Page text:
If you are at all interested in science or history check out Citizen Science.
I already participated in two of the projects:
1. The hour of garden birds by the NABU, Germany
I downloaded the app and sat in the garden for one hour with my mom and counted all the species of birds we could see. A few weeks later the results of 41.000 participants counting birds in gardens and parks were published. I haven’t felt so proud in a long time! 🙂
2. Micro Pasts
More for the patient sort, Micro Pasts is a project by the British Museum (among others) asking participants to mask photos of artefacts for 3D rendering and digitising old hand written index cards.
I studied at university. In Germany studying at university used to enable you to work in academia. You weren’t supposed to wander off onto the general job market but apply your teachings to research and to advancing the work in your chosen field.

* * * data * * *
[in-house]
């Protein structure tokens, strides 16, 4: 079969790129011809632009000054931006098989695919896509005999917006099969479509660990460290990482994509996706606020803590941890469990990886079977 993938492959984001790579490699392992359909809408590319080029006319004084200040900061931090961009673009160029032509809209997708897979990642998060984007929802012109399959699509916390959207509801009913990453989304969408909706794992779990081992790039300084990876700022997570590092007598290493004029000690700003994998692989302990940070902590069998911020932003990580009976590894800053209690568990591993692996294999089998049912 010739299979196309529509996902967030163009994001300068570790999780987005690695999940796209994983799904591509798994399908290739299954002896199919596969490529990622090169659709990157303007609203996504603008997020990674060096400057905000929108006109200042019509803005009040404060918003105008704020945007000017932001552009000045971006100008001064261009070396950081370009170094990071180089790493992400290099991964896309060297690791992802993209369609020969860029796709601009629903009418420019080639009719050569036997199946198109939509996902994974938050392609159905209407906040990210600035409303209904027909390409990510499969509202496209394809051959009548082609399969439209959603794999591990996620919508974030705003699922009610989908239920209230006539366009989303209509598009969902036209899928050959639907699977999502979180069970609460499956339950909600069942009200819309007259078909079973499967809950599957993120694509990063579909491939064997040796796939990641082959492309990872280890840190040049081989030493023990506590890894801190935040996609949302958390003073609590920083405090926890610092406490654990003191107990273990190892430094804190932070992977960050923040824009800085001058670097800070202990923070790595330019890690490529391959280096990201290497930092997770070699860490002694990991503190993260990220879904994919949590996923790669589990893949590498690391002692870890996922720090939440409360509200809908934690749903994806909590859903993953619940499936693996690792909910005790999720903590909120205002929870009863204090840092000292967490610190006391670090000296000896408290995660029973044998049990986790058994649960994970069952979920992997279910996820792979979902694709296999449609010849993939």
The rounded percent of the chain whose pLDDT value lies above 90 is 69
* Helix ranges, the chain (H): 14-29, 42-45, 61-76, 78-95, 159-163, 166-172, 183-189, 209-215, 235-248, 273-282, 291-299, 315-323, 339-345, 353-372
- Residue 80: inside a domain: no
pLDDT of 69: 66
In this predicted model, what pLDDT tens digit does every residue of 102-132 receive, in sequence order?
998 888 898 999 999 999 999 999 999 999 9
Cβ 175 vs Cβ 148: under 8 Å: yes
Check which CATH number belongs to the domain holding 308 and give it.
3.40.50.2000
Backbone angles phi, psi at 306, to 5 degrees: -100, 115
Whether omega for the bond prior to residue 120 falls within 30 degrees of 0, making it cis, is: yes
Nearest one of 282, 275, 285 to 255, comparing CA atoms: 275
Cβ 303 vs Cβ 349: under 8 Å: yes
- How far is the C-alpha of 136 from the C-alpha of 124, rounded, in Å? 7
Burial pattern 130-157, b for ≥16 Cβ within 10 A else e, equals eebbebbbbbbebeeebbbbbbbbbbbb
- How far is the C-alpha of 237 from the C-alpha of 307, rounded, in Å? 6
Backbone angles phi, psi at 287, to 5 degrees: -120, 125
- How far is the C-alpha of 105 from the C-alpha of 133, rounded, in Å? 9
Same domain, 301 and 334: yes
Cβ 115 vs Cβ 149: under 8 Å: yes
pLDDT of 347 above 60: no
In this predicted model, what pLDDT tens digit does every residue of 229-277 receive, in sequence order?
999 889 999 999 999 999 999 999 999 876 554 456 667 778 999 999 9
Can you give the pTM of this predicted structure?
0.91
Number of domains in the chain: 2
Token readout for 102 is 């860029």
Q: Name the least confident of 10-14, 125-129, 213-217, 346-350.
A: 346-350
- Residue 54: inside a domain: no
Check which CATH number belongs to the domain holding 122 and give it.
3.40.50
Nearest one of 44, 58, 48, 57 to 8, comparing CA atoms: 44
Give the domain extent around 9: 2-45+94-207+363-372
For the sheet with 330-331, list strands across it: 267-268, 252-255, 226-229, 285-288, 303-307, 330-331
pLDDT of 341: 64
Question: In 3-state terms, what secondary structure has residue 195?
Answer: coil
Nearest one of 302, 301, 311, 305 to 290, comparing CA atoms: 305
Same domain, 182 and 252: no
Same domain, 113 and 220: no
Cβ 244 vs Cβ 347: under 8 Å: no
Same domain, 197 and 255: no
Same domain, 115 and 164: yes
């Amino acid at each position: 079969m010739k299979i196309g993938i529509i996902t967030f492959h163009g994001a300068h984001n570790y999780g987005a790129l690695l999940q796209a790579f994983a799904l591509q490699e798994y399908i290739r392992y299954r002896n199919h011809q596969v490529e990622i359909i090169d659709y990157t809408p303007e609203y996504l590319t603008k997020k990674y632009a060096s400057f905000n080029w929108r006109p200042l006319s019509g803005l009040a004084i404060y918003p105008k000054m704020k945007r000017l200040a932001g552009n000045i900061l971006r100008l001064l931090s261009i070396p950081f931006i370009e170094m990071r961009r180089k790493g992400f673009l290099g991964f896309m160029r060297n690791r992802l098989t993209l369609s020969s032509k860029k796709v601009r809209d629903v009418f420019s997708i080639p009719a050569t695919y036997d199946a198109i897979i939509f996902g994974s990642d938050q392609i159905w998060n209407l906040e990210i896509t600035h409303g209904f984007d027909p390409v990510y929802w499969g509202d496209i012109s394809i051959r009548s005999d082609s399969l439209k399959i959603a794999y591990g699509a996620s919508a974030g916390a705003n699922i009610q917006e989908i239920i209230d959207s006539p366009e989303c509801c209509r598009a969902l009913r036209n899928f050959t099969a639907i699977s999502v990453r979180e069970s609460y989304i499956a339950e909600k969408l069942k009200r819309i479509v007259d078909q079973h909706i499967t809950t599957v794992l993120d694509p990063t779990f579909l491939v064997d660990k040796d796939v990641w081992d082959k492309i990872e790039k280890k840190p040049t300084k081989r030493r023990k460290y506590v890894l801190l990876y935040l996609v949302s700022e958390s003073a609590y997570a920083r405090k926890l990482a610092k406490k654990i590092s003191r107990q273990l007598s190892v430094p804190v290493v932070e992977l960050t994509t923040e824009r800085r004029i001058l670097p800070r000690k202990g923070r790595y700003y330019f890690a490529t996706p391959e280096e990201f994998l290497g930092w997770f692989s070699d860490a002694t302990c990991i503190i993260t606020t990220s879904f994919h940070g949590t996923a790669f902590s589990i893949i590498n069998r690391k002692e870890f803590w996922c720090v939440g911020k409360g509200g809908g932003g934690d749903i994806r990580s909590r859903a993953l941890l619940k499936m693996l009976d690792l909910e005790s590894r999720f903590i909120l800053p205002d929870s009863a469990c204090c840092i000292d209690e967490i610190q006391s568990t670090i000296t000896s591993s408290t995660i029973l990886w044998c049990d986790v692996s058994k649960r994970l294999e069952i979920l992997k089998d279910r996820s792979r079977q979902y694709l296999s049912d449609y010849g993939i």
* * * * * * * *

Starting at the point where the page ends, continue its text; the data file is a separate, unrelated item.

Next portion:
There are many reasons young Germans who were educated to become scientists end up working in a different field and a different job. That does not mean we aren’t still scientists at heart.
Enter Citizen Science. Scientific projects that are crowd sourced. You can participate in the scientific advancements of your time even if you thought you left academia behind for ever.
Never mind non-academic people like my mom who enjoy participating in big projects that make science approachable and much more understandable than endless articles in obscure scientific journals. No more questions of “Yes, that seems interesting, but what does it do for me?” My mom was completely happy to have devoted one hour of her time to find out why we have fewer Blackbirds in our garden this year.
I’d love to hear your thoughts on the subject:
Have you participated in projects such as these?
Do they exist in other countries?
How do you think crowd funding will change the research we conduct?
Looking forward to hearing from you!